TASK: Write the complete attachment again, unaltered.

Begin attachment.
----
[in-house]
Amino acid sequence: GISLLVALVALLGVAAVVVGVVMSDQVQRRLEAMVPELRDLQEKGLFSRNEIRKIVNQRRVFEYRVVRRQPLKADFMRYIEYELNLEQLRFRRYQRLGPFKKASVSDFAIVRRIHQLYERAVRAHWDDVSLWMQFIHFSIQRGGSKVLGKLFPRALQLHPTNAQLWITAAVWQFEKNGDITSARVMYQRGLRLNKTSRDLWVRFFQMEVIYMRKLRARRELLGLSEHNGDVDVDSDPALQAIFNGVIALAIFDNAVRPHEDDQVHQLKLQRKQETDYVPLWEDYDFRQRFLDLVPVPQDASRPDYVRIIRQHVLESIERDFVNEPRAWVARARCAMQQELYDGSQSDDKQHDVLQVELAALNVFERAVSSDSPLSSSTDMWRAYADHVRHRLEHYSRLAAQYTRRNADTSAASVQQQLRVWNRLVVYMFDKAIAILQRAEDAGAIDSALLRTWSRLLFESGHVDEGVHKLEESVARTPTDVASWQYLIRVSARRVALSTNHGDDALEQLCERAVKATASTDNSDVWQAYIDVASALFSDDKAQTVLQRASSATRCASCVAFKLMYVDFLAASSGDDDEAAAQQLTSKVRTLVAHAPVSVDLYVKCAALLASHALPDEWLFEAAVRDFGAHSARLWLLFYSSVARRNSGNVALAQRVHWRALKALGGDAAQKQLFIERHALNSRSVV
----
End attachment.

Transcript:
[in-house]
Amino acid sequence: GISLLVALVALLGVAAVVVGVVMSDQVQRRLEAMVPELRDLQEKGLFSRNEIRKIVNQRRVFEYRVVRRQPLKADFMRYIEYELNLEQLRFRRYQRLGPFKKASVSDFAIVRRIHQLYERAVRAHWDDVSLWMQFIHFSIQRGGSKVLGKLFPRALQLHPTNAQLWITAAVWQFEKNGDITSARVMYQRGLRLNKTSRDLWVRFFQMEVIYMRKLRARRELLGLSEHNGDVDVDSDPALQAIFNGVIALAIFDNAVRPHEDDQVHQLKLQRKQETDYVPLWEDYDFRQRFLDLVPVPQDASRPDYVRIIRQHVLESIERDFVNEPRAWVARARCAMQQELYDGSQSDDKQHDVLQVELAALNVFERAVSSDSPLSSSTDMWRAYADHVRHRLEHYSRLAAQYTRRNADTSAASVQQQLRVWNRLVVYMFDKAIAILQRAEDAGAIDSALLRTWSRLLFESGHVDEGVHKLEESVARTPTDVASWQYLIRVSARRVALSTNHGDDALEQLCERAVKATASTDNSDVWQAYIDVASALFSDDKAQTVLQRASSATRCASCVAFKLMYVDFLAASSGDDDEAAAQQLTSKVRTLVAHAPVSVDLYVKCAALLASHALPDEWLFEAAVRDFGAHSARLWLLFYSSVARRNSGNVALAQRVHWRALKALGGDAAQKQLFIERHALNSRSVV